Life is pleasant enough at Heidelberg. The quaintness and comparative quiet of the little town afford a grateful relief after the more bouyant gayeties of the continental capitals. Then, too, its situation is charmingly picturesque. It lies on the banks of the Neckar with the vine-covered hills in the distance and covering all the old ivy-mantel Schloss, rich in historic interest and tradition. There is a singular fascination in the dreamy quiet of the place, essentially old-world in its nature ; and unless you possess exceptional strength of will you gradually yield to the influence of the Siren spell.
Still, at Heidelberg, as elsewhere, life is not without its crosses, especially if you are a student freshly matriculated. You may be strolling along the narrow Hauptstrasse-no German town is complete without a Hauptstrasse-engaged in confine your new impressions or in thinking of the flaxen-haired Gretchen who served you that pretzel and that last glass of beer, when, on a sudden your meditations are rudely dispersed and your thoughts brought to earth again. Looking up, you find you have brushed against a man who appears for all the world like a battered veteran of the wars, but whom, by his cap, dress, spectacles and other insignia, you recognize at length as a German student. His face is scarred and seamed, it may be that part og one ear is gone ; certainly his appearance is redoubtable. The apology which rose to your lips, however, dies away unuttered when you notice his insolent stare and catch the words, "Wie viele dummer jungen ?" (Literally, how many foolish children ?) Taking umbrage at the tone no less than the words, with true American zest for repartee, you reply, "Ein," and await further hostilities. To your surprise, the student merely hands you his card with freezing courtesy and inquires your address. Somewhat dazed, you inform him and continue your walk, wondering at the customs of the German student and congratulating yourself on your witty reply. In time you return to your lodgings, when the first thing that meets your eyes is a challenge lying on your table. You learn subsequently that the words exchanged between the German and yourself are the regular preliminaries of a duel.
Hard drinking and brilliant swordplay are the chief requisites for glory at the universities. A German student who does not duel (they all drink) is socially ostracised ; while he who excels in both fencing and drinking becomes at once the idol of his fellow students and the secret admiration of the town maidens. So strong is the passion for fame that the veriest trifles are construed into portentous insults and men have been known to tear open wounds partially healed, that scars might be formed as souvenirs of past encounters.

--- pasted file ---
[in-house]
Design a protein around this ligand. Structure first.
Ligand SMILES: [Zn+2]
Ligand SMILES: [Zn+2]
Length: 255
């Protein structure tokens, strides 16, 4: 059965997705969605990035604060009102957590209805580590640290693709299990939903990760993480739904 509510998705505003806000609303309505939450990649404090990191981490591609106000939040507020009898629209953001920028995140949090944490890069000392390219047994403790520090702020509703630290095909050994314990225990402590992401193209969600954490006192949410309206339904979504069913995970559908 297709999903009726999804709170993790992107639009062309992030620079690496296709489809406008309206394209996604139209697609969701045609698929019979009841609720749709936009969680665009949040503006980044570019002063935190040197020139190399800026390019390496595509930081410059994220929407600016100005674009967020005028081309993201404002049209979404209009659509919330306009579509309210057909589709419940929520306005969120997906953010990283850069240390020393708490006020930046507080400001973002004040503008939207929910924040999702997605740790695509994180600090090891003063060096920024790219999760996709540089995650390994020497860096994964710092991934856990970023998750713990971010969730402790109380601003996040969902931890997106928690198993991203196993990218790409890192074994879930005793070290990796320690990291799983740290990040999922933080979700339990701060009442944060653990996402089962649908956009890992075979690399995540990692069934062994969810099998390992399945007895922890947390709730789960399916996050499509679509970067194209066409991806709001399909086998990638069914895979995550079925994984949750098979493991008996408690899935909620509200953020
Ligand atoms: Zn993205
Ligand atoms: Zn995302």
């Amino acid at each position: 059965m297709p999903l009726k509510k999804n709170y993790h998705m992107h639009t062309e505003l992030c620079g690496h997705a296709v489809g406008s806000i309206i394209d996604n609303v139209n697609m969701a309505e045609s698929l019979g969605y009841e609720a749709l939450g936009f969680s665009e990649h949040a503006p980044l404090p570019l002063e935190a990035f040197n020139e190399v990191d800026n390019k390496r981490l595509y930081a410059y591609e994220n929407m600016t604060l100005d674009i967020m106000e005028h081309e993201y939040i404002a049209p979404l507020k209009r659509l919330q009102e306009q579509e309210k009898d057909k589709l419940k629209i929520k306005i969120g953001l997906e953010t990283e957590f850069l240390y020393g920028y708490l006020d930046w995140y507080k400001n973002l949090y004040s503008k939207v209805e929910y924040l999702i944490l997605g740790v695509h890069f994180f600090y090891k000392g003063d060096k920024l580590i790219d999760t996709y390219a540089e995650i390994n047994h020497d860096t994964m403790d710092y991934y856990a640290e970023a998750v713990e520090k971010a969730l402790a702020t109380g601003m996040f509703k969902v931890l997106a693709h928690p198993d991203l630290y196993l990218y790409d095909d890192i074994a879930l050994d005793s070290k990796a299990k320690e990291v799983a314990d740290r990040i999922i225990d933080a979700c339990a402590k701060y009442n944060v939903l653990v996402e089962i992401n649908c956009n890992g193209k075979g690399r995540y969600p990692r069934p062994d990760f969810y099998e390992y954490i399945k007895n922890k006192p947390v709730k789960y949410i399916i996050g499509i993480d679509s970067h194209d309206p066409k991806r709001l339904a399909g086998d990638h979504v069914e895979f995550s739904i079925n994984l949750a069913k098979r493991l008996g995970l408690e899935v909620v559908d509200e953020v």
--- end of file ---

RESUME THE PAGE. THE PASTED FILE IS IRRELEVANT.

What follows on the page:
Student duels are rather mild performances in most instances. The German method of fencing has very little of the grace and science of the French style, requiring only great strength and flexibility of the wrist. The sword used, spear they call it, is about three feet long, sharpened eight inches on one side, and sixteen inches on the other, with a blunt end. This is grasped in the right hand so that the arm crosses the face diagonally. The hand is protected by a basket hilt of iron, the arm and chest by impenetrable coverings. The left hand is held behind the back. There are only four or five cuts allowed, which, if successful, inflict wounds on the brow, cheek, or chin. The only really dangerous cut is a straight, down ward stroke on the head, which may open the skull but is easily guarded. The favorite stroke is performed by a quick, dexterous turn of the wrist, and inflicts a scratch in the neck under the chin. A surgeon is always at hand to decide upon the gravity of the wound. Rare instances occur in which a student is killed in a duel, in which case his adversary is confined in the neighboring fortress for two years.
The students lodge in houses in the town and board anyshere and everywhere. Their rooms are, as a rule, scantily furnished. Numerous swords line the walls, pipes lie here and there. A table rimmed with beer-stains, books, a few chairs, a bed, mugs of various sizes and fantastic devices-these constitute the principle bric-a-brac. The odor of stale tobacco prevades everything. Excepting as a mere resting-place the student seldom uses his room. HE is a Bohemian to the core. You may oftenest find him in a beer-shop, discussing obstruse, metaphysical problems through clouds of tobacco smoke, or at the kneipe of his dueling-corps, shouting glees over beer and pretzels until morning. Thence he steals away in the early dawn to strain his eyes over pages of fine German print. As a natural consequence, a student is seldom seen without spectacles, and a professor without them is a nonentity.
Among the features of the German universities is the class of unfortunates who come up every year regularly to try the entrance examinations, fail with equal regularity, and settle down again to "pots and pipes" with a patient resignation that is at once ludicrous and melancholy. Mos of these men have lost the flush of youth, the beards of some are streaked with gray, yet as they have long since parted with their early ambition they are perfectly contented with their lot.
In spite of these and other peculiarities, perhaps because of them, student life at Heidelberg possesses many charms for one new to its customs and traditions. Silly notions of honor prevail, it is true ; there are numerous instances of narrow-mindedness and exasperating dogmatism. Life there is largely tinctured with Bohemianism ; but though Heidelberg has lost much of its ancient glory, solid learning and broad culture are still to be found lingering about the place.